January, 16, 2014
We responded for a report of an unconscious person and when we arrived, were updated this would be for a pronouncement of death. Pretty routine event, and with (it would appear) greater frequency during the holiday season.
"Meah" we shrugged, "at least this will be an easy chart" and bring us about a half-hour closer to shift change.
He laid in bed upright in the cold, dimly lit room. Without getting into grizzly detail, it was a safe assumption his passing was recent by his presentation. Unlike so many other DOA's we respond to, his home was impeccably clean, disturbingly clean even. I poked around looking for anything we could include in our patient care report like his medications etc...
A police officer was at my side when we opened his cabinets (sometimes this requires more bravery than one might imagine). The sight in the cabinets now punctuated the pristine apartment we were scouring through. Like the Campbell's Soup Army, each can seemingly stood at attention with it's eyes (label) forward. "This is weird" I thought, "this guy must have O.C.D. or something."
The apartment had modest furniture, absolutely zero clutter, no foul odors, nothing. An open closet finally clued me in to this man's background. His suit jackets were hung to the left, dress shirts hung in the middle, buttoned top to bottom, pressed and facing in one direction, and slacks, geometrically perfect, pressed and hanging to the right. Beneath the clothing a shoe rack, polished, symmetrical and ordered by type (dress, casual, athletic).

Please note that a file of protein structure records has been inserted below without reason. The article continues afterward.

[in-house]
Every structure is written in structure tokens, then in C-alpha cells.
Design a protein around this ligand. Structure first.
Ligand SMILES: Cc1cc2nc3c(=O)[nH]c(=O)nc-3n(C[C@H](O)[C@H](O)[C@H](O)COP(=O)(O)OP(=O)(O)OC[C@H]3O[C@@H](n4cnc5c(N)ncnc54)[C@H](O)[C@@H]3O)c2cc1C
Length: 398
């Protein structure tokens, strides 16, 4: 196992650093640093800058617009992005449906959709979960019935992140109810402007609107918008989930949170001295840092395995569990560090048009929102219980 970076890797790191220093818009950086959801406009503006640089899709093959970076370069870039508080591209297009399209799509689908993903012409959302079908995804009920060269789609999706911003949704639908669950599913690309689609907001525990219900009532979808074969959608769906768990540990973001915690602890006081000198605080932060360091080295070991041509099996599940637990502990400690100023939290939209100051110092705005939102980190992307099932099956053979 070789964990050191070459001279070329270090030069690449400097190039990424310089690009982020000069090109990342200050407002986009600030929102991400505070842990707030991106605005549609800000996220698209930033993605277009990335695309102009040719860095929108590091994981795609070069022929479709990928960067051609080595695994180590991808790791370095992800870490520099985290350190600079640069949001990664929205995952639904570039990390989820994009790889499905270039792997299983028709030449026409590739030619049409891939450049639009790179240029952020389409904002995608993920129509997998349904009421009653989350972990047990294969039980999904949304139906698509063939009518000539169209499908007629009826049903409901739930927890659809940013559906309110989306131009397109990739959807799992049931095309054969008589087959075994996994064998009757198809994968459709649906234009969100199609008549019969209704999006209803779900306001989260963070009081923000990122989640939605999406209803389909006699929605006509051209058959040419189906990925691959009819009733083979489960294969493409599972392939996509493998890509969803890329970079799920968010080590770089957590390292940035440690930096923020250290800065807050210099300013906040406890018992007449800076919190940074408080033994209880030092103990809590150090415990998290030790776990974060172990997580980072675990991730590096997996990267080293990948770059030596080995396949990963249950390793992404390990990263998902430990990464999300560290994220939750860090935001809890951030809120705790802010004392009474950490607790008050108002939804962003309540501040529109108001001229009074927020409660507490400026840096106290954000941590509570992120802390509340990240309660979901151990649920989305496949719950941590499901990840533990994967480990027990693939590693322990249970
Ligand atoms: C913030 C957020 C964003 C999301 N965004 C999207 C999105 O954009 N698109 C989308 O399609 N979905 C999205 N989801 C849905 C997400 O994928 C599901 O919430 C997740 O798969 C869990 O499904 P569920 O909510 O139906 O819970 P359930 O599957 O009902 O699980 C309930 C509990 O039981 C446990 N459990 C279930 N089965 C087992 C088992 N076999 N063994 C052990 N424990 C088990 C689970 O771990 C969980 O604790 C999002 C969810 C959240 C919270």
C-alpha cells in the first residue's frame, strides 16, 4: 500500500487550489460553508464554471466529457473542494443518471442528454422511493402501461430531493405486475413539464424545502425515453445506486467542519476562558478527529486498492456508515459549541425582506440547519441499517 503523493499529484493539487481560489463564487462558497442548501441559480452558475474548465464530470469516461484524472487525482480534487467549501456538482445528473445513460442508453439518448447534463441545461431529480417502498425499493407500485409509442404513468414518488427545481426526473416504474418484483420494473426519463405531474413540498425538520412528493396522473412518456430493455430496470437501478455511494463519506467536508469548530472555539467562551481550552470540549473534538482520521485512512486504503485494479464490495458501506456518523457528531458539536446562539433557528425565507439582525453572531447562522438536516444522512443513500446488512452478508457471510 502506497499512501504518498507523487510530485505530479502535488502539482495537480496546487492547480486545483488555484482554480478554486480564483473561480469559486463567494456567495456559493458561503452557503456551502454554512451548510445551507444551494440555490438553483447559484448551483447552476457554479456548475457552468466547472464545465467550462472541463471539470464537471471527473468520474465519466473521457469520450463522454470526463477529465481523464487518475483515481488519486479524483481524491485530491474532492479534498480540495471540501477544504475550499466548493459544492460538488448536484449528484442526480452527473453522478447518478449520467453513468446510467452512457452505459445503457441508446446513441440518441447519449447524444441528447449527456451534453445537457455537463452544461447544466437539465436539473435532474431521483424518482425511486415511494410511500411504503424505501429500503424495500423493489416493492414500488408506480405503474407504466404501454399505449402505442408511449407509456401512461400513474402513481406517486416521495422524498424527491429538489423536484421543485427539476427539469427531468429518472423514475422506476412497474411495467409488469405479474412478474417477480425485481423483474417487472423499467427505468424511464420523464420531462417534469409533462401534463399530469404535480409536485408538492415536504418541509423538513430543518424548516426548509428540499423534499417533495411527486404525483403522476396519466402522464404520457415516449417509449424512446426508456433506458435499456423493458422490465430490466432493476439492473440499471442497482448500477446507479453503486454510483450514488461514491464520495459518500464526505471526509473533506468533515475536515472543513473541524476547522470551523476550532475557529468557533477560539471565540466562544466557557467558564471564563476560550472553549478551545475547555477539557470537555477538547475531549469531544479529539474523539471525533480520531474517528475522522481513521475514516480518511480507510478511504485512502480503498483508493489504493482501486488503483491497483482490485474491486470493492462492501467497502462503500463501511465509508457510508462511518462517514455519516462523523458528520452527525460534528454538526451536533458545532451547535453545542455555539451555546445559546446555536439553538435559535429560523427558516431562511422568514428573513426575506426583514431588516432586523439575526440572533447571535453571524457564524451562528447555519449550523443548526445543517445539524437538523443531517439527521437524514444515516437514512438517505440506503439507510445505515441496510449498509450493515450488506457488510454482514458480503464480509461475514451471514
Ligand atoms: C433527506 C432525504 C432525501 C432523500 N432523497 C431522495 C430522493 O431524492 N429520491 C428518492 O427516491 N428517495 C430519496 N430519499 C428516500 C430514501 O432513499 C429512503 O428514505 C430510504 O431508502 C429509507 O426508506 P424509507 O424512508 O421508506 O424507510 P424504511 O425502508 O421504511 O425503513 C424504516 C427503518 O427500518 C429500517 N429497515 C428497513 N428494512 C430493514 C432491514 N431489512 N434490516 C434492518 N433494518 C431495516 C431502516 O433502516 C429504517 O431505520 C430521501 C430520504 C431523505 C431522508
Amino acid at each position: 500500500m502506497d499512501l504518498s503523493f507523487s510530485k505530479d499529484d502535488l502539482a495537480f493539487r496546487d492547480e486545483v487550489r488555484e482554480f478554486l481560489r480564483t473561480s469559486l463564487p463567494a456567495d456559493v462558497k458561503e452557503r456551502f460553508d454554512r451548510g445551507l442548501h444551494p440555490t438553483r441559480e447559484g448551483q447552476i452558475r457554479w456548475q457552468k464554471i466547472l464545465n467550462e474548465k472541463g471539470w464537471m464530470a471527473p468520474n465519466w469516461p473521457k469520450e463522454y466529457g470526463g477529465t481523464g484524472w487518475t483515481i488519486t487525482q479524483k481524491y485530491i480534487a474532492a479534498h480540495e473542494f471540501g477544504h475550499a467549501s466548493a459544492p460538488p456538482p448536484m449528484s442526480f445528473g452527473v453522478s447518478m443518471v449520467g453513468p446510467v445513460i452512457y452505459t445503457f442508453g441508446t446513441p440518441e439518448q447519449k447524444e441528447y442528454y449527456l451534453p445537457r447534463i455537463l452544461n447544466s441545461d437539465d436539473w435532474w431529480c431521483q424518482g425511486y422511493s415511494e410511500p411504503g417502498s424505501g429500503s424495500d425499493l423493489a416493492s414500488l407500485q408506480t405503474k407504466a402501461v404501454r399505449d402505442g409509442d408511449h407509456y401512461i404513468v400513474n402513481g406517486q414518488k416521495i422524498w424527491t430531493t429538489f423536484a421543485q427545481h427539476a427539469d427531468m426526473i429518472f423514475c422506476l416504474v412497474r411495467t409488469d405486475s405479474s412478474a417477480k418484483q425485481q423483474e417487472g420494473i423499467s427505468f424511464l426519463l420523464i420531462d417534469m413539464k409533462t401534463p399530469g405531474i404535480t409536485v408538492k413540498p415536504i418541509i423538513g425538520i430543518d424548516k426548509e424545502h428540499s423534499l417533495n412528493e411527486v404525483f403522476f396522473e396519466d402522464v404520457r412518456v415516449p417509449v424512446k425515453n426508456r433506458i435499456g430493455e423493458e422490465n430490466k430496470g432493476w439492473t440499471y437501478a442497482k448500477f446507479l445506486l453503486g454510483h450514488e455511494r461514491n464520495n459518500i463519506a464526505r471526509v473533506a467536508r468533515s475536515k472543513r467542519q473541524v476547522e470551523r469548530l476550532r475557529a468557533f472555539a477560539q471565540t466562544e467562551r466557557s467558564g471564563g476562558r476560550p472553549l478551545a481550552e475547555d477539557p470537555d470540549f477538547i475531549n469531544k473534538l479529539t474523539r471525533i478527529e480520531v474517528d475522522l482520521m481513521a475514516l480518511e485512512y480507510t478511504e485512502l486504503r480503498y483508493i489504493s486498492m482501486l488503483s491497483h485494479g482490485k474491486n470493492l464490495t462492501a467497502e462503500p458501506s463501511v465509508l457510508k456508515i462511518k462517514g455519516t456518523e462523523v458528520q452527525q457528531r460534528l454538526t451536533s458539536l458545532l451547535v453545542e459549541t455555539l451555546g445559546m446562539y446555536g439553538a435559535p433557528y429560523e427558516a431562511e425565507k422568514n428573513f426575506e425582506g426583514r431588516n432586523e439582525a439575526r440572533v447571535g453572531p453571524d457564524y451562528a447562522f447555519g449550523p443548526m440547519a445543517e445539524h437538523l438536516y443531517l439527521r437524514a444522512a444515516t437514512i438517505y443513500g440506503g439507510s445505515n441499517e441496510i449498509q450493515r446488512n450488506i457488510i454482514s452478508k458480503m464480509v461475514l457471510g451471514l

"This man is a Marine" I said. The officer replied; "How do you know?" I shined my flashlight in the clutter-free closet and said; "Look." We turned to each other and simultaneously said "squared away." The officer informed me he too was a Marine.
As our search continued, I finally discovered the two pieces of framed wall art in the apartment. Proudly displayed above his TV was a certificate indicating when he joined the United States Marine Corps. The year was 1954. I looked up, squinted and calculated, the president was Dwight D. Eisenhower. The young police officer seemed impressed at my grasp of history. The second piece was evidence of this man's completion of his service to our country, his honorable discharge.
There was a somber tone in the apartment as I revealed my findings to my partner, a U.S. Army veteran and the second police officer. We performed what we came to do and turned over the scene to the police.
My suspicion was that this man had never left the United States Marine Corps despite his age and discharge. He reminded me of the immortal words of Gunnery Sergeant Hartman in Stanley Kubrick's 1987 blockbuster hit, "Full Metal Jacket."
"Today, you people are no longer maggots. Today, you are Marines. You're part of a brotherhood. From now on until the day you die, wherever you are, every Marine is your brother."
Judging by this man's appearance and household, I believe he died as he lived, and he lived as he was taught - six decades ago - Squared Away.
To all those have served, are serving or will serve in the future, on behalf of my family, and from the bottom of my heart, a sincere Thank You. Semper Fidelis.